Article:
tries that are on less-than-friendly terms with the United
States warrants an increase in sonar training and protection of the thousands of U.S. Sailors who traverse the seas.
“The unfortunate truth is that we sold our soul in
the 1990s. The Soviets went home and we forgot all
about sonar. We laid up the gear and entered the Dark
Ages of anti-submarine warfare. But the other guys
didn’t and they, in fact, increased production,” said
Cmdr. Dan Uhls, Mitscher commanding officer.
Training a qualified sonar technician takes years,
and court restrictions further hamper already rare
opportunities for training, Navy officials say.
Rice said training restrictions in Hawaii caused one
ship of five in a carrier strike group to deploy to the
Far East untrained.
“The screen commander was faced with deciding
whether all the crews should get half the training or
one of the five not get any. He chose the lesser of two
evils,” Rice said.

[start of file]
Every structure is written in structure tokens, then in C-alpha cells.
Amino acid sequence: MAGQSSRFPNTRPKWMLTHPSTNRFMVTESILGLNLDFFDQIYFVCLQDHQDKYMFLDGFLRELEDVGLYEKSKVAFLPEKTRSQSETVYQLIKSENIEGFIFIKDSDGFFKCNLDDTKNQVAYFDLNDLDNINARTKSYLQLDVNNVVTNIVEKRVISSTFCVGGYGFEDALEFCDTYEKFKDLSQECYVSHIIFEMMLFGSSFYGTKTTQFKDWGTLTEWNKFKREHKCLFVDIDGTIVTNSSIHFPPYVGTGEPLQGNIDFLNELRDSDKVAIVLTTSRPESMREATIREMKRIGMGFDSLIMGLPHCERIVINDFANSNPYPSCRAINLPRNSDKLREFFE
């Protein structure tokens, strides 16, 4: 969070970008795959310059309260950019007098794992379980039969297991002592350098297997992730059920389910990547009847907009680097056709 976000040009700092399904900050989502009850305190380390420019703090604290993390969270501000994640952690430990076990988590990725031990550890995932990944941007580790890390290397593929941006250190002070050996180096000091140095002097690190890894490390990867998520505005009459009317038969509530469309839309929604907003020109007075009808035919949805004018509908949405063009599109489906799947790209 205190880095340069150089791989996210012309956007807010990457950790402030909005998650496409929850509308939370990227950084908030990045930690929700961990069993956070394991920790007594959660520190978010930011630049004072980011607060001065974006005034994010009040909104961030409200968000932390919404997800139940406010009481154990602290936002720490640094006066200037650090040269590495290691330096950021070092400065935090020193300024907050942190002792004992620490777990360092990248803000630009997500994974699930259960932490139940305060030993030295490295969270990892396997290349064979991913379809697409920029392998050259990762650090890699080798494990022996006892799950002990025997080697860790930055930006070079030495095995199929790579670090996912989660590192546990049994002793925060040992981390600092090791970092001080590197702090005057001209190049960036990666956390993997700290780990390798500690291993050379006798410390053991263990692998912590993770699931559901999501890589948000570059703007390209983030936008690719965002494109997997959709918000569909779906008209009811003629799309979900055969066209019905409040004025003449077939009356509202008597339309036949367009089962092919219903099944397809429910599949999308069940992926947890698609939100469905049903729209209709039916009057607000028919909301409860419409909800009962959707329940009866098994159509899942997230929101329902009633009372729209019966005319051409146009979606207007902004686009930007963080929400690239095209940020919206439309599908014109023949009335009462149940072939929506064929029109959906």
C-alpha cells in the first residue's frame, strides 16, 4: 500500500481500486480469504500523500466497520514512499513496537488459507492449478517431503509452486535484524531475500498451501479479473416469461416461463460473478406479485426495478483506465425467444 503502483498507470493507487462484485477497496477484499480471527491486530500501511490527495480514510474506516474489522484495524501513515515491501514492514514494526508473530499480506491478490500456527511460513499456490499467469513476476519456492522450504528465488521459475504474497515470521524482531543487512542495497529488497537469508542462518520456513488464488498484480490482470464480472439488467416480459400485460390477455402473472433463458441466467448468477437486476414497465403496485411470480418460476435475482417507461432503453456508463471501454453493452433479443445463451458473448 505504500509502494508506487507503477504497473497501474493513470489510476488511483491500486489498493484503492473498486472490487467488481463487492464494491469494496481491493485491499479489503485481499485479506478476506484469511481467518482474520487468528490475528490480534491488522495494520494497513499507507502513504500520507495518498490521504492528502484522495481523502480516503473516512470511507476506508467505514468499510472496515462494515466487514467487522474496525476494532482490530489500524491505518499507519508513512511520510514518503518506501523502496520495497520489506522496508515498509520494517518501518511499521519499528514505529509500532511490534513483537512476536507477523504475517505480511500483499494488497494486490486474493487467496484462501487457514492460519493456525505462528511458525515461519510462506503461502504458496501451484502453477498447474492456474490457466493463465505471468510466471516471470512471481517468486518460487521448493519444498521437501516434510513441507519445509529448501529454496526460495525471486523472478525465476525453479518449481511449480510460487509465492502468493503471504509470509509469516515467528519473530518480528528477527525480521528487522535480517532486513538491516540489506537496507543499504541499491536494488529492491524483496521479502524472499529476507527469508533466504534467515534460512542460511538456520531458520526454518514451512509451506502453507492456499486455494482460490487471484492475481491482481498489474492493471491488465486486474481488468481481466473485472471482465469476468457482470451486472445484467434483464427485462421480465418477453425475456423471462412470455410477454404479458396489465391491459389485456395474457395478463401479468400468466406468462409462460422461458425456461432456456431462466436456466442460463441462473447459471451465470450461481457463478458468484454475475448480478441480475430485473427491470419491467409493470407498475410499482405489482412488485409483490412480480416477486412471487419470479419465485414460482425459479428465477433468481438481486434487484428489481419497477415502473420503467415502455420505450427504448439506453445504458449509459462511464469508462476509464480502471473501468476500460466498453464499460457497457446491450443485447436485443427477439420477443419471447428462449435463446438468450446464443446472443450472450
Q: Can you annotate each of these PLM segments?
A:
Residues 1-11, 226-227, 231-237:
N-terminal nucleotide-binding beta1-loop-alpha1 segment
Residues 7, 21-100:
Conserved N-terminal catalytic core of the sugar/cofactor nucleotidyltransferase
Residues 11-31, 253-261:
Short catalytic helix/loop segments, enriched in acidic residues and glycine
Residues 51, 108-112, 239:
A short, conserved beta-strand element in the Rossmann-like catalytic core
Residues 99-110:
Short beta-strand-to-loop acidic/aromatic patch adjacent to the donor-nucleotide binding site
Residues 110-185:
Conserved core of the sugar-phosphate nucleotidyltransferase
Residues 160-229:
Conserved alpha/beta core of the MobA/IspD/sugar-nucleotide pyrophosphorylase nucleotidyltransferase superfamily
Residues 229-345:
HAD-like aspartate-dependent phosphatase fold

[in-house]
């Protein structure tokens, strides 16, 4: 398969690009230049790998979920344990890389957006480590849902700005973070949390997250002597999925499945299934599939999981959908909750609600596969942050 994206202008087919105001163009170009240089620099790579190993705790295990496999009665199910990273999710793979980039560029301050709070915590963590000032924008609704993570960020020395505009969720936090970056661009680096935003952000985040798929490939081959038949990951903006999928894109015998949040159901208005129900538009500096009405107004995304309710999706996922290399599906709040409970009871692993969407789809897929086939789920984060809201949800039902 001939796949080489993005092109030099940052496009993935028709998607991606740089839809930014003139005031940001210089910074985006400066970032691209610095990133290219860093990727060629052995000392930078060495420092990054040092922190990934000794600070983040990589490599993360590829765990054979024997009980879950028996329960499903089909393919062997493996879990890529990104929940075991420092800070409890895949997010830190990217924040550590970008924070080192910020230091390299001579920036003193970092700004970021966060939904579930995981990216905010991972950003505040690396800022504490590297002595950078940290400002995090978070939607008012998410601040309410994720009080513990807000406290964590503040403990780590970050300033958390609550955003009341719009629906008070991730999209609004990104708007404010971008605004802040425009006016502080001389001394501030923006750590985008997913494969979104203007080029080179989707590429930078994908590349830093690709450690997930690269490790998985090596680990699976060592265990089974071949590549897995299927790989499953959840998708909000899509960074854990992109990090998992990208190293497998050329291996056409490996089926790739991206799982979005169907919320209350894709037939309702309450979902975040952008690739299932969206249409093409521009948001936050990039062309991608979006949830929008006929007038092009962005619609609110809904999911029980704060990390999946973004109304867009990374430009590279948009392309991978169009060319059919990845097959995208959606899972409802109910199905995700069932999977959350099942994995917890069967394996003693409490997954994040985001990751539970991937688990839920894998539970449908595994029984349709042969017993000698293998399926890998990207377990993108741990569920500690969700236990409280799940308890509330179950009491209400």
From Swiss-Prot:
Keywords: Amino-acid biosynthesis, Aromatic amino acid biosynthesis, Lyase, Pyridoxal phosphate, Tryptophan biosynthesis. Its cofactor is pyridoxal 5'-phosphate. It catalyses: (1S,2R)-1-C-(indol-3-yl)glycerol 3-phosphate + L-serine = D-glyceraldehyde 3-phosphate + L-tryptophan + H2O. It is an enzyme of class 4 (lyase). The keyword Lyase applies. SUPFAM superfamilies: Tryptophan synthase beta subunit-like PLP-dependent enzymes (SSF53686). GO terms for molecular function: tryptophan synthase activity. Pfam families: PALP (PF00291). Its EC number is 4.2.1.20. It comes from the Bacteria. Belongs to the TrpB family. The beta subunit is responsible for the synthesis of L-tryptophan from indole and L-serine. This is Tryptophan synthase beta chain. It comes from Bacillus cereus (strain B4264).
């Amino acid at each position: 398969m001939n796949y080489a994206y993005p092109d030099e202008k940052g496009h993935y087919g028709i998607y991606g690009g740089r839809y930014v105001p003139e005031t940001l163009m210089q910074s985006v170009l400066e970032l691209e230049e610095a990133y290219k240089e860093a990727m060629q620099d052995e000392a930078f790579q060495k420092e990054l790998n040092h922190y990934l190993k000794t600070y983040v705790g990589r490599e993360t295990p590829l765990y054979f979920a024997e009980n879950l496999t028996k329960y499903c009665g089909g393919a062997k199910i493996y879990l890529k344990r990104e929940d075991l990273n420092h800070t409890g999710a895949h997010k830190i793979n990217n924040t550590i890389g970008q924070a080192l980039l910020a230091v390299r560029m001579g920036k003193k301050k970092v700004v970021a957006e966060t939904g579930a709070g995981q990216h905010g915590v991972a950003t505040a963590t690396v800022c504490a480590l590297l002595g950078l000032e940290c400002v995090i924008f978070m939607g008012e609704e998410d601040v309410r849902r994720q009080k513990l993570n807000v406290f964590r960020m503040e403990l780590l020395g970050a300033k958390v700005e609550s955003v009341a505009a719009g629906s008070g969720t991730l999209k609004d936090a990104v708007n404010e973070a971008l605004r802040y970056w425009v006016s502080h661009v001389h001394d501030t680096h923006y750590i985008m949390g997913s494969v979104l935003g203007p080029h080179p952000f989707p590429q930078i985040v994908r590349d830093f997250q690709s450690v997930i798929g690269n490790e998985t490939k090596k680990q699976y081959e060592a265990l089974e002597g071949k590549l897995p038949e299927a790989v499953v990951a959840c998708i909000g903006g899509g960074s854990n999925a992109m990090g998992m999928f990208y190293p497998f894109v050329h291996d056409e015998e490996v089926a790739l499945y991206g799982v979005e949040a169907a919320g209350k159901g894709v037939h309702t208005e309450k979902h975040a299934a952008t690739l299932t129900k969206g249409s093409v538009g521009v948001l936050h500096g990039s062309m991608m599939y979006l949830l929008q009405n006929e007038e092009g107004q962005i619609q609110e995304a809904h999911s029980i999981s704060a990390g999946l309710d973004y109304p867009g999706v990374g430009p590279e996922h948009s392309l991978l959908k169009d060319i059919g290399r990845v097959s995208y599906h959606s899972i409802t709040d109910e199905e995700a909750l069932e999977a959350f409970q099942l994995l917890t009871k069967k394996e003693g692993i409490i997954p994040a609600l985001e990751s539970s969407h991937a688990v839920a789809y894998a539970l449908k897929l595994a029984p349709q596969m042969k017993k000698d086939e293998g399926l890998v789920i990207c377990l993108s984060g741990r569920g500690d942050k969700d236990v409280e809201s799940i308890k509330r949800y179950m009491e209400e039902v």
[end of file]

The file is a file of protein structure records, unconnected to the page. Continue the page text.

Environmentalists say the Navy can find a balance
between training and environmental protection. They
argue active sonar is inefficient, as it gives away the
source location, and maintain the service should invest
in new technologies for submarine detection. They
also recommend increased use of simulators for training and would like the service to avoid training repeatedly in the same areas — especially those teeming with
“We accept that mid-frequency sonar is an important technology for the Navy and for the detection of
submarines. The question is how should the Navy conduct its training, and that’s where I think there’s room
for improvement,” Jasny said.
Certainly, there is a need for more research, both
“There is evidence that in certain circumstances it
can contribute to their stranding and that’s why we’re
spending so much, to figure out what that mechanism
is so we don’t do it,” Rice said.
“We think it’s great that the Navy is funding the science of marine mammals. But research is not a substitute for reducing harm in accordance with the law …
that research has to be coupled with meaningful mitigation,” Jasny said. ■
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